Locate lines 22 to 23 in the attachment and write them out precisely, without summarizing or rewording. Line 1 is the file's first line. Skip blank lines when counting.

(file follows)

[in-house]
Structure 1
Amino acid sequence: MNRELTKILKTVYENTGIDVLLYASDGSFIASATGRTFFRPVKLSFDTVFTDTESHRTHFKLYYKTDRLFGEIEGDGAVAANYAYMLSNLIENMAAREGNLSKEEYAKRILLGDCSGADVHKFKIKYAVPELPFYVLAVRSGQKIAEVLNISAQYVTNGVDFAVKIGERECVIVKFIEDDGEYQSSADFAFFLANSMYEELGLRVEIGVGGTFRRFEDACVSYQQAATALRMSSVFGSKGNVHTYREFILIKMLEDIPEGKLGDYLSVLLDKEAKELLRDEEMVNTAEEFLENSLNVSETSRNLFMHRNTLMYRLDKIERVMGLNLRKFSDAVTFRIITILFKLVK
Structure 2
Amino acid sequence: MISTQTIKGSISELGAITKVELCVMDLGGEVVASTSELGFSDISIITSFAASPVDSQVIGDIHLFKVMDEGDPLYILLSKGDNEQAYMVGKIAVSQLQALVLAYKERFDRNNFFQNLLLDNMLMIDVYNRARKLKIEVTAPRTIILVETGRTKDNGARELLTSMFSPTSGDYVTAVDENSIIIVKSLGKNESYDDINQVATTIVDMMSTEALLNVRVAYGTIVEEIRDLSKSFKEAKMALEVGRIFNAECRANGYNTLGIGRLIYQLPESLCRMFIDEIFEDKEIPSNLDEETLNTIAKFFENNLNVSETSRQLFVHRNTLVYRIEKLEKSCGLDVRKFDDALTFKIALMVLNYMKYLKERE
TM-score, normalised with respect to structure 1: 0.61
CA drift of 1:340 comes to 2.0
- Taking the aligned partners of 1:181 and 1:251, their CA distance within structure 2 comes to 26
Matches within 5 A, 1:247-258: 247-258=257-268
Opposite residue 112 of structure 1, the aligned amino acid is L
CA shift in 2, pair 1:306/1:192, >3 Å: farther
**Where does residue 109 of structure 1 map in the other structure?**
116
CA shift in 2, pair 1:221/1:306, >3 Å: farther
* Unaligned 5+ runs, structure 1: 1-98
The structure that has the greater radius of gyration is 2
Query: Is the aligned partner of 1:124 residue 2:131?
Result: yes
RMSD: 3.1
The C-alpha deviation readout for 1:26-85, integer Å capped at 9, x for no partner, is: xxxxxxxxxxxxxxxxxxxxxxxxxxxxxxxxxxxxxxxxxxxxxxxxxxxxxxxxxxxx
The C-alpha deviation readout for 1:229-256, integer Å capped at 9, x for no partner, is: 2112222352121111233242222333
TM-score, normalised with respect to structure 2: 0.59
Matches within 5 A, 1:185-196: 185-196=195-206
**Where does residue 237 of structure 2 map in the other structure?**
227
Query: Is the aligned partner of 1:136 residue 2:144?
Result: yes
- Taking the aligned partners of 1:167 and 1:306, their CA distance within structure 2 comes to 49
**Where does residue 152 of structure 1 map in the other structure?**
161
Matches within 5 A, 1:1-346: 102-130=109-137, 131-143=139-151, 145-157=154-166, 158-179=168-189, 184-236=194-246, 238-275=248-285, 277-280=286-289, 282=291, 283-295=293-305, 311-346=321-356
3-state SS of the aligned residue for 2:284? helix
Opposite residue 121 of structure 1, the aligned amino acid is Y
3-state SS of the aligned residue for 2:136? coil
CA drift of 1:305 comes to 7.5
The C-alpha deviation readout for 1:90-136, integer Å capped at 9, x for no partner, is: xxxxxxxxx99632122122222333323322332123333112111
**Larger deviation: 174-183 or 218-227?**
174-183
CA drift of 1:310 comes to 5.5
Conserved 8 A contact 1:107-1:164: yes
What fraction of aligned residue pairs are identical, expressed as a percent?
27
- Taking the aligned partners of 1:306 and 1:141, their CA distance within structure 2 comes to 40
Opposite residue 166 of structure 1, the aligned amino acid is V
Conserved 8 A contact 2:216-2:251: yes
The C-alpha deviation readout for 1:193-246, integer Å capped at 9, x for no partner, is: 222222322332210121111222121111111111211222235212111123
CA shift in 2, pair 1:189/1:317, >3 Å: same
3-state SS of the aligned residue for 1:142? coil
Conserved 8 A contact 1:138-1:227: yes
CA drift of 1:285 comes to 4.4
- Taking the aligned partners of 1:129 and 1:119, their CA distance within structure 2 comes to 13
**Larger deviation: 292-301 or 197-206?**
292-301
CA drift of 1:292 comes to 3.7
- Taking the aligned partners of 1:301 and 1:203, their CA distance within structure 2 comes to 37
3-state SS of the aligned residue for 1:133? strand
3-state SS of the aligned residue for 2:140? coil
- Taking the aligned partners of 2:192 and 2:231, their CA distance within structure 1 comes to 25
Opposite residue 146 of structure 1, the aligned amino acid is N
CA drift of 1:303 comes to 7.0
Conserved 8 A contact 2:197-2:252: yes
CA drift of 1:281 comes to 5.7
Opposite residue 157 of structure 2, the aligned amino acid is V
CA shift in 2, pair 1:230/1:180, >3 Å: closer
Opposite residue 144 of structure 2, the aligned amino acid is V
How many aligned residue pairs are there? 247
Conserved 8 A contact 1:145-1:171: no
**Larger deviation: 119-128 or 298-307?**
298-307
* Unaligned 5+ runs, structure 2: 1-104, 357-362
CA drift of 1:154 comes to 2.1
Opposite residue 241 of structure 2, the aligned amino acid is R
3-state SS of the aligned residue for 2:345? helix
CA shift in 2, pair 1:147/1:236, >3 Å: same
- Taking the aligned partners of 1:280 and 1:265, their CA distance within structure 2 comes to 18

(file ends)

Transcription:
TM-score, normalised with respect to structure 2: 0.59
Matches within 5 A, 1:185-196: 185-196=195-206